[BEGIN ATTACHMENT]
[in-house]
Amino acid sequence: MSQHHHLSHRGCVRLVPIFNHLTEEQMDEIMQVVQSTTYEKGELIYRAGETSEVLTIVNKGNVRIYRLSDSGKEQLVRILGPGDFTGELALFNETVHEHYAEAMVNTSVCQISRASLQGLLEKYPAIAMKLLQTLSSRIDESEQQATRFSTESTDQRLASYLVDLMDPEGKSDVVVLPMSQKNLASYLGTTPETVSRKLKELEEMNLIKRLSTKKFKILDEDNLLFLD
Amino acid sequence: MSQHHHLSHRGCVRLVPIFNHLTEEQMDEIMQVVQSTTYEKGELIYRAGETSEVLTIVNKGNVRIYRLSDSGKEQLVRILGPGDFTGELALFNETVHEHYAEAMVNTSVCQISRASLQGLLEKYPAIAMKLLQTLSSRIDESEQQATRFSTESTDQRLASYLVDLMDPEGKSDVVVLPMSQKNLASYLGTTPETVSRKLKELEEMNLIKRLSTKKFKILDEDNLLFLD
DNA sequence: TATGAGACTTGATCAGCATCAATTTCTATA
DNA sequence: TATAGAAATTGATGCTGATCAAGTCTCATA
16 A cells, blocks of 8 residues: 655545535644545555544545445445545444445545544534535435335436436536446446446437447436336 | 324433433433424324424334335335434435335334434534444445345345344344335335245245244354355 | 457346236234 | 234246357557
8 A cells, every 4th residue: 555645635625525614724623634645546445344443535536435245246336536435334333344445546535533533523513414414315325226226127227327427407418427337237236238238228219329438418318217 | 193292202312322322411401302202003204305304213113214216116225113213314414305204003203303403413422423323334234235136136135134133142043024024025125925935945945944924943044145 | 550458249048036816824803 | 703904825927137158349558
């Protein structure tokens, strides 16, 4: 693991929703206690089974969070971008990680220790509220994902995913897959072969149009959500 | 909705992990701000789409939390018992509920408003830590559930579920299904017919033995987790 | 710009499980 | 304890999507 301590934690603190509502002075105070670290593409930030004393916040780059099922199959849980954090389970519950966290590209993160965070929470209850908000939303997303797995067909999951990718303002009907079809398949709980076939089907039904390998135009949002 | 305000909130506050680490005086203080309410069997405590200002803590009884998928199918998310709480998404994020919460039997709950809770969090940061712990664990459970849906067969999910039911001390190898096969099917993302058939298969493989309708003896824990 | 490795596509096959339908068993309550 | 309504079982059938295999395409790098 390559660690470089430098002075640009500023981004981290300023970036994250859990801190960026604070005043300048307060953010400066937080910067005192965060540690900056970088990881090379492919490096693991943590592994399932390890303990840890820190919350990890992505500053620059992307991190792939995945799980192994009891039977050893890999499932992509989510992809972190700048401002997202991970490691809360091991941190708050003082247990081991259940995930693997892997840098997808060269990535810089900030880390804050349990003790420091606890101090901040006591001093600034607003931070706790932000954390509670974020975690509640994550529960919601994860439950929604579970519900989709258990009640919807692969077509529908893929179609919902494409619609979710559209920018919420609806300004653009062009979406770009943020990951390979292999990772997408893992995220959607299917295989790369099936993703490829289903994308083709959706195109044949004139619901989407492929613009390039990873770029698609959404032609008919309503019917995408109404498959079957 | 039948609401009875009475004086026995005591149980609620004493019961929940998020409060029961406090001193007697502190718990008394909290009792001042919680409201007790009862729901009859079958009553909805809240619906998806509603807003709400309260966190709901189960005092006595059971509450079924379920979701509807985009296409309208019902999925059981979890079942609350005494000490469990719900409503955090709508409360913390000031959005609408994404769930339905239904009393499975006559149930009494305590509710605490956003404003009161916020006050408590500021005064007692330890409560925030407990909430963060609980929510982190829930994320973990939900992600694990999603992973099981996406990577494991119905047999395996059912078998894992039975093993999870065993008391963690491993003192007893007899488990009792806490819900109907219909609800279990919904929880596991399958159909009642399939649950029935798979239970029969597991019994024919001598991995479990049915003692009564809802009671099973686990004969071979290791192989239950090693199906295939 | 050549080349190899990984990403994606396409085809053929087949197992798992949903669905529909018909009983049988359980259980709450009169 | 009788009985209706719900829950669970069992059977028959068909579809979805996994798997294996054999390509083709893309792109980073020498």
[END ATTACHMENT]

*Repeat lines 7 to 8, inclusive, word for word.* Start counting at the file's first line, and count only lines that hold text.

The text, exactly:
8 A cells, every 4th residue: 555645635625525614724623634645546445344443535536435245246336536435334333344445546535533533523513414414315325226226127227327427407418427337237236238238228219329438418318217 | 193292202312322322411401302202003204305304213113214216116225113213314414305204003203303403413422423323334234235136136135134133142043024024025125925935945945944924943044145 | 550458249048036816824803 | 703904825927137158349558
């Protein structure tokens, strides 16, 4: 693991929703206690089974969070971008990680220790509220994902995913897959072969149009959500 | 909705992990701000789409939390018992509920408003830590559930579920299904017919033995987790 | 710009499980 | 304890999507 301590934690603190509502002075105070670290593409930030004393916040780059099922199959849980954090389970519950966290590209993160965070929470209850908000939303997303797995067909999951990718303002009907079809398949709980076939089907039904390998135009949002 | 305000909130506050680490005086203080309410069997405590200002803590009884998928199918998310709480998404994020919460039997709950809770969090940061712990664990459970849906067969999910039911001390190898096969099917993302058939298969493989309708003896824990 | 490795596509096959339908068993309550 | 309504079982059938295999395409790098 390559660690470089430098002075640009500023981004981290300023970036994250859990801190960026604070005043300048307060953010400066937080910067005192965060540690900056970088990881090379492919490096693991943590592994399932390890303990840890820190919350990890992505500053620059992307991190792939995945799980192994009891039977050893890999499932992509989510992809972190700048401002997202991970490691809360091991941190708050003082247990081991259940995930693997892997840098997808060269990535810089900030880390804050349990003790420091606890101090901040006591001093600034607003931070706790932000954390509670974020975690509640994550529960919601994860439950929604579970519900989709258990009640919807692969077509529908893929179609919902494409619609979710559209920018919420609806300004653009062009979406770009943020990951390979292999990772997408893992995220959607299917295989790369099936993703490829289903994308083709959706195109044949004139619901989407492929613009390039990873770029698609959404032609008919309503019917995408109404498959079957 | 039948609401009875009475004086026995005591149980609620004493019961929940998020409060029961406090001193007697502190718990008394909290009792001042919680409201007790009862729901009859079958009553909805809240619906998806509603807003709400309260966190709901189960005092006595059971509450079924379920979701509807985009296409309208019902999925059981979890079942609350005494000490469990719900409503955090709508409360913390000031959005609408994404769930339905239904009393499975006559149930009494305590509710605490956003404003009161916020006050408590500021005064007692330890409560925030407990909430963060609980929510982190829930994320973990939900992600694990999603992973099981996406990577494991119905047999395996059912078998894992039975093993999870065993008391963690491993003192007893007899488990009792806490819900109907219909609800279990919904929880596991399958159909009642399939649950029935798979239970029969597991019994024919001598991995479990049915003692009564809802009671099973686990004969071979290791192989239950090693199906295939 | 050549080349190899990984990403994606396409085809053929087949197992798992949903669905529909018909009983049988359980259980709450009169 | 009788009985209706719900829950669970069992059977028959068909579809979805996994798997294996054999390509083709893309792109980073020498």